Girls4Tech: KAFD DMC partners up to promote women and girls in STEM

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Marking International Women’s Day this year, King Abdullah Financial District (KAFD) Development and Management Company partnered with Mastercard, Misk Schools, UNESCO and UN Global Compact to launch a STEM education program, Girls4Tech, for young girls in the Kingdom.

The Girls4Tech initiative aims to inspire and motivate young girls in Saudi Arabia and the wider region to pursue careers in science, technology, engineering and mathematics.

This year’s global theme for International Women’s Day on March 8 was digital innovation and technology for gender equality.

A panel discussion on the role of girls and women in STEM for economic growth and development was held on Wednesday at the KAFD.

A panel of experts shed light on the program and its importance.

“The program focuses on creating a more sustainable and inclusive digital economy which aligns with the UN Sustainable Development Goals and in particular, those pertaining to the quality of education, gender equality, decent work and economic growth,” said Ibrahim Al-Hilali, executive director of the
UN Global Compact network in Saudi Arabia, who also moderated the session.

The UN has predicted that greater numbers of women in STEM disciplines will see global gross domestic product rise by almost 25 percent, adding $28 trillion to the world economy.

“So we have got a big gap here that we need to address,” said Gautam Sashittal, CEO of KAFD DMC, told the panel.

Sashittal added that he has always believed in a work environment creating equal opportunity, diversity and inclusiveness.

He said that KAFD’s status among the world’s premier smart districts allows it to create opportunities for women to join STEM fields.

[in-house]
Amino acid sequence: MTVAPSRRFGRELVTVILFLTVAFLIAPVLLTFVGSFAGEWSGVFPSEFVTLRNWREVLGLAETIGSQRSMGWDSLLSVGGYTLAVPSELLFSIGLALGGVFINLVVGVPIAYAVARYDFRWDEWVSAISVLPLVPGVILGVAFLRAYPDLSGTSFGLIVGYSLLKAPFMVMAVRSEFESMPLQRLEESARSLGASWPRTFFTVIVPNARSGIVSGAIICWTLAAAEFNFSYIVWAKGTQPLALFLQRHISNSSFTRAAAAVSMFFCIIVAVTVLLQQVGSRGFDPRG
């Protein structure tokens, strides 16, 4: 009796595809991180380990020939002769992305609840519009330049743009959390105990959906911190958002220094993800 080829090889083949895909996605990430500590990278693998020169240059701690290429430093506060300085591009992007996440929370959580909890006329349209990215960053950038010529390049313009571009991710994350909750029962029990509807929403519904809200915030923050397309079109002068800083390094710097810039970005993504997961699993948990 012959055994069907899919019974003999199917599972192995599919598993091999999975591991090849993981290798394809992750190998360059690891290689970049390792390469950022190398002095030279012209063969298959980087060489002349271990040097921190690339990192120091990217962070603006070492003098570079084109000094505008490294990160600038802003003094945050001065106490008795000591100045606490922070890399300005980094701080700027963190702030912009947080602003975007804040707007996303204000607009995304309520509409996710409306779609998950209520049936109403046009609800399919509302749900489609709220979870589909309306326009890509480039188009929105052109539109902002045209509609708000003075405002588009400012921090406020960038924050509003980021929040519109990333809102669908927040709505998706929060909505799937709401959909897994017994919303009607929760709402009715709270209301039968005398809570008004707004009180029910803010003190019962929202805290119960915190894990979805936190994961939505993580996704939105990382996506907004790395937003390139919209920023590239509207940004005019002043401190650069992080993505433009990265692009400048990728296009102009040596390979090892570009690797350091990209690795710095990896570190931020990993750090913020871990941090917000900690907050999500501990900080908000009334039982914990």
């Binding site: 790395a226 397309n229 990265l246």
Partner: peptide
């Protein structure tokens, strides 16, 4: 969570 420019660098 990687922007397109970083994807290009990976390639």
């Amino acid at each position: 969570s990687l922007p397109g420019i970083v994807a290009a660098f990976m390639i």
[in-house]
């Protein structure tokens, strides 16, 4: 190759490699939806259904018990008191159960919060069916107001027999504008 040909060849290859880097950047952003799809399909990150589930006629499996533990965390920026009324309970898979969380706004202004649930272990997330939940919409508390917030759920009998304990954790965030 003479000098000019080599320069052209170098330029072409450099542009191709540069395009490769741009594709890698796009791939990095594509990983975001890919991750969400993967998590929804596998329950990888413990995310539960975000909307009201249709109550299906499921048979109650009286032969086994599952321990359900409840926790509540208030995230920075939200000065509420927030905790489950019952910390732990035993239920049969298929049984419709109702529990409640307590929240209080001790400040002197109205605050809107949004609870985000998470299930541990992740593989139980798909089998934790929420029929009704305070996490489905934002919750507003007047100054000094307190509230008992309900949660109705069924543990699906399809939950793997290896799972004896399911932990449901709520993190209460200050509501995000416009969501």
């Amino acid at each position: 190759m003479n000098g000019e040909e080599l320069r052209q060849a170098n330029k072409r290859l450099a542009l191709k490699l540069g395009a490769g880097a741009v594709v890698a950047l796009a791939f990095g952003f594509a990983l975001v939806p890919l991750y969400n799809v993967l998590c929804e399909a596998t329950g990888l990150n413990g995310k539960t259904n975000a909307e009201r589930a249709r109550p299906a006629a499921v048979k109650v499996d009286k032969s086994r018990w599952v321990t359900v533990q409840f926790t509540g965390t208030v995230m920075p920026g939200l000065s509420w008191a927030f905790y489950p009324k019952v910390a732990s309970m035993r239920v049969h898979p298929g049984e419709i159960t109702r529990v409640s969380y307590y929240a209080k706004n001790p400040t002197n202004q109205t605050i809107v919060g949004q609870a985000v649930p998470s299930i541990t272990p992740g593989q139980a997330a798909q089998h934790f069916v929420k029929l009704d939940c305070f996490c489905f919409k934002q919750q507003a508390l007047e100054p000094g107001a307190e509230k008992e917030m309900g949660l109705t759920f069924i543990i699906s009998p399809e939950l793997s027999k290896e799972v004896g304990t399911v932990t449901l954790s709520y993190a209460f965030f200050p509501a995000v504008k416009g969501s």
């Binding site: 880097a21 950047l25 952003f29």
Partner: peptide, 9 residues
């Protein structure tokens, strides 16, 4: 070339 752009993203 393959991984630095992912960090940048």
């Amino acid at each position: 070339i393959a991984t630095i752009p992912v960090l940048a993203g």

“You would be surprised at the number of women engineers that are out in the field of construction, not just architects,” said Sashittal.

According to UNESCO, fewer than one-third of women worldwide work in scientific research and development, said Al-Hilali.

Maria Medvedeva, vice president and country manager of Saudi Arabia & Bahrain at Mastercard, said that it is important to engage girls from a young age and nudge them toward other possibilities and fields.

Medvedeva said that her male coworkers and employers pushed her to the frontline, and are supporting and encouraging drivers of change.

Since she joined Mastercard four years ago, Medvedeva said that she was able to bring the ratio of female to male employees to about 43 percent.

She added that systemic challenges present another challenge that can halt girls from being interested in STEM fields.

“We need to break the boundaries of females and stigma toward these fields from the parents’ standpoint, that even we need to educate the parents more.”

Al-Hilali praised the efforts of MasterCard, as it has pledged to connect 25 million women worldwide by 2025 to technology training, digital tools, insights and solutions that will enable them to grow and scale businesses.

“Their commitments will undoubtedly have a significant impact on promoting women’s economic empowerment, reducing gender inequality and achieving sustainable development,” he said.

Dr. Steffen Sommer, director general of Misk Schools, said: “Knowledge development happening in Riyadh needs to be in the top 10 city economies in the world by 2030, so we have to make sure that you have that inclusive workforce that actually incorporates both men and women.”

Salah Khaled, UNESCO representative to the Gulf states and Yemen, said that the role of women in science and technology is a priority for each and every single one of the SDGs.

One of UNESCO’s flagship programs is with L’Oreal Paris, which promotes and supports women in sciences.

“We are happy and proud to be supporting 250 researchers through this partnership,” said Khaled.

Another program is the Open Science program which allows access and sharing of knowledge and information in the face of the digital divide.

Khaled said: “We work with governments of our member states to encourage women and girls to engage in scientific and STEM fields, but it has to start from the primary level and young ages.”